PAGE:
Thursday, 14 April 2016

The Second Law of BBC Radio 4 science programmes

I've probably been fixating on the BBC for far too long perhaps. 

I saw that this morning's In Our Time was on the subject of 'The Neutron' and my first thought was, "I bet Frank Close will be on it". 

And, lo, it came to pass that Frank Close, Professor Emeritus of Physics at the University of Oxford, was on it! Amen.


That really is true. I really did think that. It's not a ex post facto thing. Therefore, as a result, I must be a prophet in my own lifetime.

Except that I'm a huge In Our Time fan and will always home in on anything to do with particle physics. 

And if In Our Time is covering particle physics then Frank Close will be on. It's a Radio 4 law of nature, as incontrovertible as the Second Law of Thermodynamics. 

Whenever intellectual energy is transformed from one form (academia) to another form (a Radio 4 discussion programme), or interesting stuff on physics moves freely, the likelihood of Frank Close appearing (on that Radio 4 discussion) increases. Hence d (the number of discussions about particle physics on In Our time) times S (Frank Close) is greater than or equal to 0 (zero).

And, as ever, Melvyn went to Frank first (there's another equation for that), and there was light.


So it appears as if I'm a mere conjurer rather than a prophet after all - and, worse, a conjurer who spills his trade secrets. I deserve to be chucked out of ITBB's very own Magic Circle. 

Talking of which, and in the spirit of those inveterate gossips at Hacked off......

Sue makes Dynamo and David Blaine look like amateurs (and idiots). None of her vertical walks up the outside of the Eiffel Tower have ever proved embarrassing. All have been triumphs. 

My vertical walks up the outside of Blackpool Tower aren't rated anywhere near so highly by connoisseurs of the art. 

In my defence, that's because I've got a psychological hang-up in that I think Blackpool isn't worthy of a tower and that Morecambe should have had Blackpool Tower instead. And Morecambe did have a tower. It was built in 1898 and stood some 232ft high. And this is it (and that isn't a mosque in front of it):

Isn't that something? It makes those triumphalist Islamic towers - the Burj Khalifa and the Shard - look pathetic, doesn't it? 

This awesome edifice was, I'm sorry to tell you, demolished at the beginning of the First World War and its steel was used in munitions. 

That should have happened to Blackpool Tower instead.

Oh, hang on! I must possibly be digressing here. Better get back to the point or people might start drifting away from reading the rest of this fine post. 

Can't think why though. Anyone about Morecambe is surely worth reading. There's never a justified TL;DR about any piece about Morecambe.  And it's not as if I'm like a Morecambe-obsessed Susan Calman forever banging on about my same-sex wife on every single Radio 4 comedy show.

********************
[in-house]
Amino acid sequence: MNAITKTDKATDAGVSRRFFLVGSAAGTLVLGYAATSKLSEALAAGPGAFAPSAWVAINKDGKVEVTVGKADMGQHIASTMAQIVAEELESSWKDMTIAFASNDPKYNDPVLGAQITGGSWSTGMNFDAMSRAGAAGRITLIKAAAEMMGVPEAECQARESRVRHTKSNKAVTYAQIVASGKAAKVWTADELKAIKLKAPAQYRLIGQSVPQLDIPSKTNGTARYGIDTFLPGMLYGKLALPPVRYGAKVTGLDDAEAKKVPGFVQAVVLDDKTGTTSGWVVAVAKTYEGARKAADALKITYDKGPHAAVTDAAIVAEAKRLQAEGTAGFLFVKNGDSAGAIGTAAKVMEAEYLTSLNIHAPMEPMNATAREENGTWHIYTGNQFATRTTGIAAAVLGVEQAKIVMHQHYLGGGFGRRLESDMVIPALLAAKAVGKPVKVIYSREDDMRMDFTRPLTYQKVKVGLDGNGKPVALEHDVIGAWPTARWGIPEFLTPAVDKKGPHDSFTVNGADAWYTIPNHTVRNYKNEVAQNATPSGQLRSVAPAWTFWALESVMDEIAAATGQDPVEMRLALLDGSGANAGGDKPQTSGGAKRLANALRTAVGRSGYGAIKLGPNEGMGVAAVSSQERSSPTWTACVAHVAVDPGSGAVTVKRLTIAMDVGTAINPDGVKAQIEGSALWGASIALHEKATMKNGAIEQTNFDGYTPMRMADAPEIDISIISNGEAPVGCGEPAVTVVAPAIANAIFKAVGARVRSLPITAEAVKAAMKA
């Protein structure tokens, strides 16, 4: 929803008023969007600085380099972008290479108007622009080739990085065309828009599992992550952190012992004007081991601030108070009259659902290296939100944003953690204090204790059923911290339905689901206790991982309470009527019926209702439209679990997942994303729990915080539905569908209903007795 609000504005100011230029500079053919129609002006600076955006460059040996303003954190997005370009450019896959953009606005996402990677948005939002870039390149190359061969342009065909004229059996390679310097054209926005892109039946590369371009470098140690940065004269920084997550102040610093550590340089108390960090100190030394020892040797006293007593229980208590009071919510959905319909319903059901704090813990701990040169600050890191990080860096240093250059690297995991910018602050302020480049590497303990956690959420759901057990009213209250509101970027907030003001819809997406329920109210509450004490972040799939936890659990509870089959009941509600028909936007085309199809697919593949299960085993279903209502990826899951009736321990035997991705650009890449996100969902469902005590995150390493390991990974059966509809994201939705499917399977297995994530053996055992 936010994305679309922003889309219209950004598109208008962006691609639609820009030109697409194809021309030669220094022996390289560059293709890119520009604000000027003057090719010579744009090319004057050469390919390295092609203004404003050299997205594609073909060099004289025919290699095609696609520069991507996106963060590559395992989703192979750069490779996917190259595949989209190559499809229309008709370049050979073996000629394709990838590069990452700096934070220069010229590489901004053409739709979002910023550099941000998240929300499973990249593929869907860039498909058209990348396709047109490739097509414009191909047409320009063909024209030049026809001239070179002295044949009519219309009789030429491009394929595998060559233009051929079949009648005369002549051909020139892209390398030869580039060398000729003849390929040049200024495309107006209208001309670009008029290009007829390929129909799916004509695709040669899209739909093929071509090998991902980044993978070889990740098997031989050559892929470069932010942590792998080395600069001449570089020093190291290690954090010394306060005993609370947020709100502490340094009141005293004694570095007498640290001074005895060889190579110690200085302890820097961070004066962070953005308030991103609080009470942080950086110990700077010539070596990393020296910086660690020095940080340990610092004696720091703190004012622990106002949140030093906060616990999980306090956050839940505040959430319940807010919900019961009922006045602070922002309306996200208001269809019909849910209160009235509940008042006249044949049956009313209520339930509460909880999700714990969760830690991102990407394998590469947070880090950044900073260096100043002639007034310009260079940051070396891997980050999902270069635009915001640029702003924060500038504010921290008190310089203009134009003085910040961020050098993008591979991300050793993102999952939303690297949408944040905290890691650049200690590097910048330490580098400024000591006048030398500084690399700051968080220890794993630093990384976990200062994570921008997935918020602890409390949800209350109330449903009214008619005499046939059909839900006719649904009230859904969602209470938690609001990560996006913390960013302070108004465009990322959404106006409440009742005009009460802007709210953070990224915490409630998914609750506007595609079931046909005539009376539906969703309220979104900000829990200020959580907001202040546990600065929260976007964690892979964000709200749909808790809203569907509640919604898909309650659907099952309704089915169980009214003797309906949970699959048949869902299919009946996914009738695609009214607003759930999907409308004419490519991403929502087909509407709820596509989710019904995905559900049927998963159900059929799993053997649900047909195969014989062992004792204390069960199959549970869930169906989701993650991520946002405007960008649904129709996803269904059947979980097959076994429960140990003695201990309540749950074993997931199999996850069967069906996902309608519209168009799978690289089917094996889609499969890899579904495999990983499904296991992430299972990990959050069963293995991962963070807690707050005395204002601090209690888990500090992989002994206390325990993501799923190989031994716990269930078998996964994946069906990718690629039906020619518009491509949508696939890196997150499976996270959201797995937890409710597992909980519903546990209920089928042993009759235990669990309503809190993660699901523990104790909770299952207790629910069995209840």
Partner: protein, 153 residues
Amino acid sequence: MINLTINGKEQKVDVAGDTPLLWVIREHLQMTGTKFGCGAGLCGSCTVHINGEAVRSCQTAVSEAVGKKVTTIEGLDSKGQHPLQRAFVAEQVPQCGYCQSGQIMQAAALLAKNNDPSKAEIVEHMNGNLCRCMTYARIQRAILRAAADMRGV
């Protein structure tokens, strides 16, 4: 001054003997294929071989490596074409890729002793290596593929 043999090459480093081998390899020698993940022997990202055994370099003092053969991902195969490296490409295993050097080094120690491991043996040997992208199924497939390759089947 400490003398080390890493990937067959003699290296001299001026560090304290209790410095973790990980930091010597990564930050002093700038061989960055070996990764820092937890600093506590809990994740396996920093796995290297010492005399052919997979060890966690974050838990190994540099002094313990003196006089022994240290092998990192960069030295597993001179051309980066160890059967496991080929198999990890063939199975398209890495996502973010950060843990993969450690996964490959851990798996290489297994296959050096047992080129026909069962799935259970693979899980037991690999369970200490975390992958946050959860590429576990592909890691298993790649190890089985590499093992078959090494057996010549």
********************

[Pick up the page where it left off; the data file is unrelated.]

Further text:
And if you disagree, please think about Eric Morecambe, and all the laughs he gave you/ Eric...Morecambe. Morecambe. Morecambe. Bring Me Sunshine. Laughter. ITBB. This post. Joy. Stay with us. stay with us, stay with us, stay with us. stay with us...



Not that I'm complaining that Frank Close was on again as he's an absolutely first-rate communicator. In fact, I'm always glad he's on as I know I might have a good chance of understanding what's being talked about. I like (Ike) Frank. His books are excellent too (check out Amazon).


It's like when I'm listening to Sunday and hear it announced that something really esoteric and interesting-sounding is coming up. I think, "Will that be Martin Palmer?" And quite often it is Martin Palmer.

If you don't know who Martin Palmer is then you mustn't be a long-term Radio 4 listener. (He's done the odd Thought For The Day in the past.) His current role is as head of he Alliance of Religions and Conservation and, despite being something of a typical BBC religious/environmental type, he's also an absolutely first-rate communicator and a guarantee of hearing something interesting. And Martin Palmer is another of In Our Times's go-to experts - though he specialises in the religious stuff. (I love In Our Time's religious stuff, even though I'm not religious. Sod Eastenders or Newsnight, give me Melvyn Bragg and Martin Palmer on the history of concepts of the Trinity any day. Really.)

As I say, I've probably been fixating on the BBC for too long.


If any of that sounds a bit too gushing about both Frank Close and Martin Palmer (as I've just realised it might) I'm frankly, closely, intensely relaxed about that. 

(Was the phrase 'intensely relaxed' first used by Peter Mandelson or merely made famous by him? I type that and then think, "Well, why don't you Google it and find out?" OK, all right, calm down, I will!.....Having done so, Google isn't definitively answering the point, but it's 'Peter Mandelson' all the way as far as I can see. So well done Lord Mandelson!)


Frank called the electrically-neutral neutron "the spark that lights the nuclear fire". and - as must happen - Melvyn immediately asked him to give listeners a sense of how big a neutron is (the first port of call of many a popular science presentation of the atom). 

Here's Frank:
Well, if you all take a deep breath. We just breathed in a million, million, million, million atoms of oxygen. And that gives you an idea of how small the atom is. Now I can imagine one of those atoms being expanded to the size of, say, Wembley Football Stadium, then the nucleus in the middle is about the size of a pea. So that is the nucleus, made of neutrons and protons. It's incredibly small.
And so on and so forth. 

Fascinating. Brilliant Radio. Not worth the licence fee in itself. Worth subscribing too if the licence fee were scrapped though.

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